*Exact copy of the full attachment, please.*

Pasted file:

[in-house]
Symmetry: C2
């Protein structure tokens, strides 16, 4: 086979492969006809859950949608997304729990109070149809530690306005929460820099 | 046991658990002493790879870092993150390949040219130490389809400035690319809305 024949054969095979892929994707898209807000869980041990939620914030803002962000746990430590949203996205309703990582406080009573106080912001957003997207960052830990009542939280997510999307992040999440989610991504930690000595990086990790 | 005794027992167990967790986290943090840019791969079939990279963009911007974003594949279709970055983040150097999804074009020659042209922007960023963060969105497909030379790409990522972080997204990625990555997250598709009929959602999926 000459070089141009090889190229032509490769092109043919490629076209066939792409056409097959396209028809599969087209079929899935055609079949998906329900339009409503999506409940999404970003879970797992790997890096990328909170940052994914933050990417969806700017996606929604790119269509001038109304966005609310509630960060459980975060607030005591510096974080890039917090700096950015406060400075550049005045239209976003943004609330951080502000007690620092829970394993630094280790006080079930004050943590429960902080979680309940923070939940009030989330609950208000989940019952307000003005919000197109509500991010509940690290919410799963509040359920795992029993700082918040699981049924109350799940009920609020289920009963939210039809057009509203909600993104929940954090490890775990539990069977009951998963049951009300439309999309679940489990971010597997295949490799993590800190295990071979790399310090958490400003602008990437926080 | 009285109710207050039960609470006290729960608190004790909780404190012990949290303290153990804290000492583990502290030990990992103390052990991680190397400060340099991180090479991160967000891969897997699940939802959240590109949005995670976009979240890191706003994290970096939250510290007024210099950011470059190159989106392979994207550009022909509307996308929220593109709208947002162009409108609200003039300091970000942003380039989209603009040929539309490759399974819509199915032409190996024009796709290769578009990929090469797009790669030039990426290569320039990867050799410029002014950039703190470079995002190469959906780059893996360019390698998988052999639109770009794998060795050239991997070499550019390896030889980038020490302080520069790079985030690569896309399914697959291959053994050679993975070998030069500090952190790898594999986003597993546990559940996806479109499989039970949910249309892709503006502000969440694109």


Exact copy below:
[in-house]
Symmetry: C2
């Protein structure tokens, strides 16, 4: 086979492969006809859950949608997304729990109070149809530690306005929460820099 | 046991658990002493790879870092993150390949040219130490389809400035690319809305 024949054969095979892929994707898209807000869980041990939620914030803002962000746990430590949203996205309703990582406080009573106080912001957003997207960052830990009542939280997510999307992040999440989610991504930690000595990086990790 | 005794027992167990967790986290943090840019791969079939990279963009911007974003594949279709970055983040150097999804074009020659042209922007960023963060969105497909030379790409990522972080997204990625990555997250598709009929959602999926 000459070089141009090889190229032509490769092109043919490629076209066939792409056409097959396209028809599969087209079929899935055609079949998906329900339009409503999506409940999404970003879970797992790997890096990328909170940052994914933050990417969806700017996606929604790119269509001038109304966005609310509630960060459980975060607030005591510096974080890039917090700096950015406060400075550049005045239209976003943004609330951080502000007690620092829970394993630094280790006080079930004050943590429960902080979680309940923070939940009030989330609950208000989940019952307000003005919000197109509500991010509940690290919410799963509040359920795992029993700082918040699981049924109350799940009920609020289920009963939210039809057009509203909600993104929940954090490890775990539990069977009951998963049951009300439309999309679940489990971010597997295949490799993590800190295990071979790399310090958490400003602008990437926080 | 009285109710207050039960609470006290729960608190004790909780404190012990949290303290153990804290000492583990502290030990990992103390052990991680190397400060340099991180090479991160967000891969897997699940939802959240590109949005995670976009979240890191706003994290970096939250510290007024210099950011470059190159989106392979994207550009022909509307996308929220593109709208947002162009409108609200003039300091970000942003380039989209603009040929539309490759399974819509199915032409190996024009796709290769578009990929090469797009790669030039990426290569320039990867050799410029002014950039703190470079995002190469959906780059893996360019390698998988052999639109770009794998060795050239991997070499550019390896030889980038020490302080520069790079985030690569896309399914697959291959053994050679993975070998030069500090952190790898594999986003597993546990559940996806479109499989039970949910249309892709503006502000969440694109």